OnePlus 10T unveiled with 150W fast charging and Snapdragon 8+ Gen 1 SoC

Tudor Cibean

Posts: 141   +9
Staff
The big picture: The OnePlus 10T 5G comes with a lower-resolution display and a worse camera system than the company's flagship 10 Pro handset but makes up for it with an upgraded SoC, faster charging, and a lower price point. Some might also prefer the 10T's flat screen over the Pro's curved one.

About half a year after revealing its flagship smartphone, OnePlus is finally introducing a more affordable non-Pro version, the 10T 5G. While still a premium handset, it cuts $250 off the launch price of its Pro sibling while improving some specs (and downgrading many others).

The handset features a 6.7-inch, 1,080 x 2,412 AMOLED display with a dynamic refresh rate that switches between 60Hz, 90Hz, and 120Hz based on content. The screen also has a 360Hz touch response rate, 10-bit color depth, and HDR10+ support.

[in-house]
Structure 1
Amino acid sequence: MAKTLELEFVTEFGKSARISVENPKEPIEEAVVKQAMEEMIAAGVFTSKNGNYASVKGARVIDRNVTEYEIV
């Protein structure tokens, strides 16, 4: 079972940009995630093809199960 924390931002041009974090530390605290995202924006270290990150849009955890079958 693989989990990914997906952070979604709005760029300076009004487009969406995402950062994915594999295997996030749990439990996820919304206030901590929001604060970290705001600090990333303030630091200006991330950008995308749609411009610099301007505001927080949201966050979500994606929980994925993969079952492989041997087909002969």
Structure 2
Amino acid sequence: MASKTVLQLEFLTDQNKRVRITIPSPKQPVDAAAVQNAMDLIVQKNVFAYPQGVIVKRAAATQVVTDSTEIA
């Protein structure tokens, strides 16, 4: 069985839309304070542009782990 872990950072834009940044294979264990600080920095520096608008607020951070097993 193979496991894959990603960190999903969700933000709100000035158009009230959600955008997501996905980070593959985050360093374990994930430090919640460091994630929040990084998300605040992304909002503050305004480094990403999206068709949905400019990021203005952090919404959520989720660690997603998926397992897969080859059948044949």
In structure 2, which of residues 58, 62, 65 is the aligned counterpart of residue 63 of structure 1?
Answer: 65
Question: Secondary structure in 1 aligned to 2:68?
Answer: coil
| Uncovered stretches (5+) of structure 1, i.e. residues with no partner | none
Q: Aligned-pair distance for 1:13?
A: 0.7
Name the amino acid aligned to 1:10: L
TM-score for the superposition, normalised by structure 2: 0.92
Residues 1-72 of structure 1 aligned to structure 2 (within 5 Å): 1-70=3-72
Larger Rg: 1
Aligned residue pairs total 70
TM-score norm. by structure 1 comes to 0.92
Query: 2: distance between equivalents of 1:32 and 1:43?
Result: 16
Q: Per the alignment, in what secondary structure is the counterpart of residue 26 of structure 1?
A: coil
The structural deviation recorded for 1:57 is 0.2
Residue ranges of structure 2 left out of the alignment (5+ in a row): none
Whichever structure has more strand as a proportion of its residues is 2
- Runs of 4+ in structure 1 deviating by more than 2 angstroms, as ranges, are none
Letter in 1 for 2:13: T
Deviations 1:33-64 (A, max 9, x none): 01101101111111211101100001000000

Powering the OnePlus 10T is Qualcomm's flagship Snapdragon 8+ Gen 1 (the 10 Pro uses the non-plus version) paired with up to 16 GB of LPDDR5 RAM and 256 GB of UFS 3.1 storage. The company developed a new cooling solution for the 10T with the largest vapor chamber in any of its phones.

The camera department has seen the most cost-cutting measures, with OnePlus even dropping the Hasselblad branding and software features. The handset comes with a 50-megapixel IMX766 main camera with OIS, an 8-megapixel ultrawide, and a 2-megapixel macro. On the front, there's a 16-megapixel fixed-focus camera located in a hole-punch cutout.

Other noteworthy downgrades compared to the Pro version are the lack of an alert slider, missing Wi-Fi 6E support, and a relatively-paltry IP54 rating.

The OnePlus 10T has a decently-sized 4,800 mAh battery with 150W fast-charging support, with a full charge allegedly taking only 19 minutes. However, in countries with 100-127V power outlets, the charging speed is limited to 125W, making the phone charge from one to 100 percent a whole minute slower. The company claims the battery will retain about 80 percent of its capacity after 1,600 charging cycles.

The phone will ship with the company's Android 12-based OxygenOS 12.1 preinstalled, and claims it will receive three major Android updates and four years of security updates.